Students heading to the University of Chicago this fall received a welcome letter from the dean of students, John Ellison, explaining that they might not love everything they heard over the course of their undergraduate studies. They might be confronted with arguments and opinions that challenged their beliefs. They might be involved in discussions that would make them feel uncomfortable. They might even be reminded of traumatic incidents from their past.
All of this, Ellison wrote, was completely normal and completely okay.
“Members of our community are encouraged to speak, write, listen, challenge, and learn, without fear of censorship,” Ellison said in the letter. “Our commitment to academic freedom means that we do not support so-called ‘trigger-warnings,” we do not cancel invited speakers because their topics might prove controversial, and we do not condone the creation of intellectual ‘safe spaces’ where individuals can retreat from ideas and perspectives at odds with their own.”
The letter would not have been newsworthy or necessary in any other year; academic freedom has always been the cornerstone of a liberal arts education. Ellison’s welcome is only controversial because, in 2015, left-wing activists suddenly brought the rules of online radical feminism out of Tumblr and into the real world of America’s college campuses. Minority students and their white, straight allies took to their quads in protest, accusing university officials across the country of courting violent bigotry by turning a blind eye to their special needs. Those protests cost several deans their jobs when they proved to be ignorant of the finer points of radfem theory.
But to proponents of college coddling, the letter was a slap in the face.
“The university has been taking some steps to address the toxic climate in terms of racism on campus, sexism on campus,” said student body president Eric Holmberg. “This is a step backward in addressing the toxic campus climate. It seems the university does not want to engage in those ideas.”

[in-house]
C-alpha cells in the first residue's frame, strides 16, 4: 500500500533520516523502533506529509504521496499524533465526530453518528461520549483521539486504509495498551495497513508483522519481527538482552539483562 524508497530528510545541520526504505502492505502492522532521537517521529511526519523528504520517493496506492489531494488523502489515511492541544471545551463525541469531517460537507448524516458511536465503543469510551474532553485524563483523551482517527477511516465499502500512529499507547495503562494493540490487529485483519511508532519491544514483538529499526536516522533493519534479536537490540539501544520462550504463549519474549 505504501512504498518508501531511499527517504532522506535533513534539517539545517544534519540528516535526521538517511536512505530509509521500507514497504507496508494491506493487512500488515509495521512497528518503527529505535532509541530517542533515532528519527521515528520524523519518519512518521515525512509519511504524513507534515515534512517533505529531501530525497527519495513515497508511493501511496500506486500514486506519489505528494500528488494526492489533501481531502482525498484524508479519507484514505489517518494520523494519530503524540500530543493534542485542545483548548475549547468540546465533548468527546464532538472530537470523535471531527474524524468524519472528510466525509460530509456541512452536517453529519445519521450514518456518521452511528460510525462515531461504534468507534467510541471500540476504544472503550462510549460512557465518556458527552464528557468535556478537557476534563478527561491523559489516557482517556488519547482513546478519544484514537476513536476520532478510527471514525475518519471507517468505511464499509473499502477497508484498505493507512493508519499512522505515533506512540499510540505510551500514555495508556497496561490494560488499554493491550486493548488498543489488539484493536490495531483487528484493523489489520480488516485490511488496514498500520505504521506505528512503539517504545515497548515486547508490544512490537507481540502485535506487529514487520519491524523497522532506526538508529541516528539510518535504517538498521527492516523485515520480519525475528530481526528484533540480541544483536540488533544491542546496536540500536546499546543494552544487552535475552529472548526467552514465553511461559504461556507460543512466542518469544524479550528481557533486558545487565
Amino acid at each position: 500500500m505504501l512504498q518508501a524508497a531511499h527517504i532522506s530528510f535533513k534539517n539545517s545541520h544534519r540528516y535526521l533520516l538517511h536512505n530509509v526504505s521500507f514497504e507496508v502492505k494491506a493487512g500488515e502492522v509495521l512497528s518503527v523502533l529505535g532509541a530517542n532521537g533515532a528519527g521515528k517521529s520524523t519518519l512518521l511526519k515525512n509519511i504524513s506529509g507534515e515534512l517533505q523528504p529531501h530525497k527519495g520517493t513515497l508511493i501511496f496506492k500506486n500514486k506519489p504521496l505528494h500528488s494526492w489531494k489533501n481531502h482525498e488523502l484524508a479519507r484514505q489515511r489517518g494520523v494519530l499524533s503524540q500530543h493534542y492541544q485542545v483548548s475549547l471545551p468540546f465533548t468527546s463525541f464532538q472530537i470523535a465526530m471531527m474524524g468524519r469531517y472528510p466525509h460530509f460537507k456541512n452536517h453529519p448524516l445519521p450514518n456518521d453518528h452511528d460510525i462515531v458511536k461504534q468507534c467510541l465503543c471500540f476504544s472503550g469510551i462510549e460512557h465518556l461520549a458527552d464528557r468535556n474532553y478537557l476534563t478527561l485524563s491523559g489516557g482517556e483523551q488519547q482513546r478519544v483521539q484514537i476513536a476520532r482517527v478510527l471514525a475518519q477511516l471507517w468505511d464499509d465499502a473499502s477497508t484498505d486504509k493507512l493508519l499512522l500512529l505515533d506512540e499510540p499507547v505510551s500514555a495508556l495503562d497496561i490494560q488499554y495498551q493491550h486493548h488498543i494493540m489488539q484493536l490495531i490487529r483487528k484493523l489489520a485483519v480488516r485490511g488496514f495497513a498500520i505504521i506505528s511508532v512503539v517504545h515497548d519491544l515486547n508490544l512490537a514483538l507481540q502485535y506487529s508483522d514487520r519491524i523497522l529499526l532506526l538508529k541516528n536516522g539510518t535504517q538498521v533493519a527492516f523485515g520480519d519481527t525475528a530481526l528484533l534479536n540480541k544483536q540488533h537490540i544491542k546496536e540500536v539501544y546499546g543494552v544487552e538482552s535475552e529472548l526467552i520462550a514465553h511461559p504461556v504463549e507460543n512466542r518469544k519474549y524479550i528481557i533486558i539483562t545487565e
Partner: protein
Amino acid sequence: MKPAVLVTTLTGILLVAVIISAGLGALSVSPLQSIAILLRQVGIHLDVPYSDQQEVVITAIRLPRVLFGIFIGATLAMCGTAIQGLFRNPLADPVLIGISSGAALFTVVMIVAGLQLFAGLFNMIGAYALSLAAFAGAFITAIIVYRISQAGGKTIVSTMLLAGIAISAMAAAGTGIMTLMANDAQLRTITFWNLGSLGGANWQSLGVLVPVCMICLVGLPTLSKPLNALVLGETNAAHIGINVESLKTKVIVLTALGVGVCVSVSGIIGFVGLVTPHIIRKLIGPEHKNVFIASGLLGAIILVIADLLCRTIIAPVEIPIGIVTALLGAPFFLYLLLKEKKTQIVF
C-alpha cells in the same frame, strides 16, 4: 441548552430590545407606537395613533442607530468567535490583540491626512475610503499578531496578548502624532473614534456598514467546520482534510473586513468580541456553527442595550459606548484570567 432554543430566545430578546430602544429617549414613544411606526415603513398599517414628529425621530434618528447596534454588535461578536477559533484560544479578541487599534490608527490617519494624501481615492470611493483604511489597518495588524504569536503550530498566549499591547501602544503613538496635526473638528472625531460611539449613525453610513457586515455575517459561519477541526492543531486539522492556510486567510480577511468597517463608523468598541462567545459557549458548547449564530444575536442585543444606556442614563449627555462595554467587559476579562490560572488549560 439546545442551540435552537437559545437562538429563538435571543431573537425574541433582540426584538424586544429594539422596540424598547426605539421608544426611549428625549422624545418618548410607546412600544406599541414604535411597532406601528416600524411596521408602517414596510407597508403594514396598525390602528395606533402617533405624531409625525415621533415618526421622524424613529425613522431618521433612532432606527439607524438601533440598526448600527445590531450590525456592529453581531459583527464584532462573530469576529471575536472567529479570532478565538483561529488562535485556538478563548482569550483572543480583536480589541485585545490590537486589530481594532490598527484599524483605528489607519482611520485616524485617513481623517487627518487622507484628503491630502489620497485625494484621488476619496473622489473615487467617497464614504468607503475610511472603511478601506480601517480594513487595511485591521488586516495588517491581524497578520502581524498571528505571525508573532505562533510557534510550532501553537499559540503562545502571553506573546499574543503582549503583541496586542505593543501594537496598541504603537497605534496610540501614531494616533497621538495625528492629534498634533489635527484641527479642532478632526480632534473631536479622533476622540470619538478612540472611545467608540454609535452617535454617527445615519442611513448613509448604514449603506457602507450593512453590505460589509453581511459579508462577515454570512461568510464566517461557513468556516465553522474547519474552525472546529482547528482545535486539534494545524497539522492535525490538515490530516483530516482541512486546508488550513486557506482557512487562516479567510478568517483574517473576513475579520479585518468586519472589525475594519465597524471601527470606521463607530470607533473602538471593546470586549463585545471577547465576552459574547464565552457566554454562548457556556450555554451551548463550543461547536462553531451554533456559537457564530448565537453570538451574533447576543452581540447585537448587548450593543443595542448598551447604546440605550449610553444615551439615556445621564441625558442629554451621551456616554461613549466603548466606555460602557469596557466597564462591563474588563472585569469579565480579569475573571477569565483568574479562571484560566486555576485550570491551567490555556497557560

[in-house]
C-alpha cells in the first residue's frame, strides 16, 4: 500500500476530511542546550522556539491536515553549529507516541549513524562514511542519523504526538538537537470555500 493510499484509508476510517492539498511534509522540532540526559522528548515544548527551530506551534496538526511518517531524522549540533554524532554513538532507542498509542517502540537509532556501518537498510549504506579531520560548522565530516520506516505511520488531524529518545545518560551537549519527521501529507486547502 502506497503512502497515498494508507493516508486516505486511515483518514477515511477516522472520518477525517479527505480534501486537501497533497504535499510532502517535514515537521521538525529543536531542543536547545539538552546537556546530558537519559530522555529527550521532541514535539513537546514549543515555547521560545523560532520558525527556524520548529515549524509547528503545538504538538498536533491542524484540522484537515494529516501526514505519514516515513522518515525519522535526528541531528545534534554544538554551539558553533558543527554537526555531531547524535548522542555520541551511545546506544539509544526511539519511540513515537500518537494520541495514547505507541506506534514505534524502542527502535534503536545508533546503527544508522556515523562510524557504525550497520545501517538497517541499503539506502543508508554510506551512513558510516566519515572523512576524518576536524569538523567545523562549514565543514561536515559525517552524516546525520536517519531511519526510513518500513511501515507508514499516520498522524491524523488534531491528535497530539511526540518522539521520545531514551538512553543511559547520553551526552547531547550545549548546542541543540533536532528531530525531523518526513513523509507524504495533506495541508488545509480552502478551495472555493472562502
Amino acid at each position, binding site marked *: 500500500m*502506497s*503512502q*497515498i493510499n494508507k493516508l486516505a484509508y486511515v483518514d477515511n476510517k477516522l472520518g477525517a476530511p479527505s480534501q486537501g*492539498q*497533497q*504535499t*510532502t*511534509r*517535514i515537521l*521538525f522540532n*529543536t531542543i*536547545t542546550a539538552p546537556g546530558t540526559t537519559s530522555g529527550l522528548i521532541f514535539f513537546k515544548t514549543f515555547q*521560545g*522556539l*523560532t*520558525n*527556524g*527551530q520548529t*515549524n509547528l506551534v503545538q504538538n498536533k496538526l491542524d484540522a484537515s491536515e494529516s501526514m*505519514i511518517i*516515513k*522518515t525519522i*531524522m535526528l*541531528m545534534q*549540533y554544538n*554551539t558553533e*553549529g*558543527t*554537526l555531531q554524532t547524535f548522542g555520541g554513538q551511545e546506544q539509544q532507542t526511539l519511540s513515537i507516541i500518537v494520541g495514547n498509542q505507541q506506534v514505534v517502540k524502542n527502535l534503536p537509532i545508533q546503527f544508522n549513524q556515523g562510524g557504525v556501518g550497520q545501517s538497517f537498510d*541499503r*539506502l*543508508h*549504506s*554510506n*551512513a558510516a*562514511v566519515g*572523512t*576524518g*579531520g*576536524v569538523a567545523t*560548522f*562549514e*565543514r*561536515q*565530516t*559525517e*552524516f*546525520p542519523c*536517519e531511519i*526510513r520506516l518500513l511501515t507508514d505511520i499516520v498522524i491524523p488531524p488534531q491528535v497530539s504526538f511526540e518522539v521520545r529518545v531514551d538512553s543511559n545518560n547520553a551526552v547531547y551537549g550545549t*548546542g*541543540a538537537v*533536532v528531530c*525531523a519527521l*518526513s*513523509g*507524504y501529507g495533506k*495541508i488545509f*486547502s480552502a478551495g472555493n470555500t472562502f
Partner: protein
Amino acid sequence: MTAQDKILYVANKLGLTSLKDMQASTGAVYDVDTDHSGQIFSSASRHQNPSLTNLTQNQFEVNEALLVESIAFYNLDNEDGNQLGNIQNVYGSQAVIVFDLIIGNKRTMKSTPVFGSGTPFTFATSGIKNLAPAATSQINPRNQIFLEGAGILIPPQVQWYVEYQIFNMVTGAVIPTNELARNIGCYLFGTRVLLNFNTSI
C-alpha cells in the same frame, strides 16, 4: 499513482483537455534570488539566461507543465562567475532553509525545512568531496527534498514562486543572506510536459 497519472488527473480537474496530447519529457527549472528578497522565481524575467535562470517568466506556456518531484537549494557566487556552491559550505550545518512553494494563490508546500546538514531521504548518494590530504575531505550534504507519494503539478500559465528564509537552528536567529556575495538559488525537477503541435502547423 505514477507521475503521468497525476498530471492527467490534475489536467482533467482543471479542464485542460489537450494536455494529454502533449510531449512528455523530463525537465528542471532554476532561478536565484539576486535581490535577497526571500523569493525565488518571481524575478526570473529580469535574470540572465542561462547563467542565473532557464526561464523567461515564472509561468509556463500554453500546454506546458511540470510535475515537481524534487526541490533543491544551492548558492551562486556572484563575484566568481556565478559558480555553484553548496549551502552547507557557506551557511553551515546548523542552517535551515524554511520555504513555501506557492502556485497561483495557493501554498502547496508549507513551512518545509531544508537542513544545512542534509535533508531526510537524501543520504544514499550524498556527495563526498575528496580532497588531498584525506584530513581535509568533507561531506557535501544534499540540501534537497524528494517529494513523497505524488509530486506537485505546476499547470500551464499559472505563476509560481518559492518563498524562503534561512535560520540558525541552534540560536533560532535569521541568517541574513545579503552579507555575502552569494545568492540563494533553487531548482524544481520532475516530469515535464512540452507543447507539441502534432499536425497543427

Holmberg, like so many other like him, fails to understand two key points. One, the idea that there is a “toxic climate” on campus – that’s just an opinion. It will never be anything other than opinion, even if every single person in the world agrees with it. Opinions are not facts. That’s a concept that eludes activist students and liberal adults alike.
Two, academic freedom means that the university does “want to engage in those ideas.” They want to hear Holmberg’s opinion. They want him to talk about it. What’s the problem?
Well, the problem is that Holmberg doesn’t want his opinion to be treated as an opinion. He wants it to be treated like the fact that he thinks it is. And he doesn’t understand why conservatives get to pretend like their bigoted opinions are just as valid as Holmberg’s indisputable facts.
At the end of the day, that’s what all of this is about. Liberals are driving themselves crazy because the reality in their heads doesn’t match the reality outside their heads, and they can’t come to terms with this schism. So instead of turning the lens inside, where they would quickly find the solution to their misery, they are on a mission to make the outside world match the one in their minds. And since those awful, hateful conservatives are silent in that twisted darkness…it stands to reason that they should be silent in reality as well.
Until and unless these youngsters realize why the world is so unlike their perception of it, they’re going to have a rough go of it. The University of Chicago may not change their opinions about that world, but if the school can show them that their opinions are just opinions, they will have received a priceless education.